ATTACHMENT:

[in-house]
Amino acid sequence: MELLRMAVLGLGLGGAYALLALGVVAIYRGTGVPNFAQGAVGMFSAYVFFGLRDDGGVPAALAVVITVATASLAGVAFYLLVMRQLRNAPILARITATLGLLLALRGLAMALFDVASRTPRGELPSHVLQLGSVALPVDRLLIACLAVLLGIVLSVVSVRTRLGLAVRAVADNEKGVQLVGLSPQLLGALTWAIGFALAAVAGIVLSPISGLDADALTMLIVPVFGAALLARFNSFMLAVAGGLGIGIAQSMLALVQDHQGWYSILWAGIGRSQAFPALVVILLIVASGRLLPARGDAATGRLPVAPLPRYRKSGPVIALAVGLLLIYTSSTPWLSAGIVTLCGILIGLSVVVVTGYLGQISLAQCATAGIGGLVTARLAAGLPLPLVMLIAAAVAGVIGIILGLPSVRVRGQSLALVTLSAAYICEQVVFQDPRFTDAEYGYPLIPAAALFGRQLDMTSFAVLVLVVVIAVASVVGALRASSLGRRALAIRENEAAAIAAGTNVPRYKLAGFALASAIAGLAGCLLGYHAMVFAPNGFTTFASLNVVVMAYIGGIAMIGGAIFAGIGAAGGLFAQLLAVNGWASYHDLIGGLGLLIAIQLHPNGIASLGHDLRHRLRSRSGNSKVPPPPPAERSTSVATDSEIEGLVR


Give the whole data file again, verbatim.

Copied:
[in-house]
Amino acid sequence: MELLRMAVLGLGLGGAYALLALGVVAIYRGTGVPNFAQGAVGMFSAYVFFGLRDDGGVPAALAVVITVATASLAGVAFYLLVMRQLRNAPILARITATLGLLLALRGLAMALFDVASRTPRGELPSHVLQLGSVALPVDRLLIACLAVLLGIVLSVVSVRTRLGLAVRAVADNEKGVQLVGLSPQLLGALTWAIGFALAAVAGIVLSPISGLDADALTMLIVPVFGAALLARFNSFMLAVAGGLGIGIAQSMLALVQDHQGWYSILWAGIGRSQAFPALVVILLIVASGRLLPARGDAATGRLPVAPLPRYRKSGPVIALAVGLLLIYTSSTPWLSAGIVTLCGILIGLSVVVVTGYLGQISLAQCATAGIGGLVTARLAAGLPLPLVMLIAAAVAGVIGIILGLPSVRVRGQSLALVTLSAAYICEQVVFQDPRFTDAEYGYPLIPAAALFGRQLDMTSFAVLVLVVVIAVASVVGALRASSLGRRALAIRENEAAAIAAGTNVPRYKLAGFALASAIAGLAGCLLGYHAMVFAPNGFTTFASLNVVVMAYIGGIAMIGGAIFAGIGAAGGLFAQLLAVNGWASYHDLIGGLGLLIAIQLHPNGIASLGHDLRHRLRSRSGNSKVPPPPPAERSTSVATDSEIEGLVR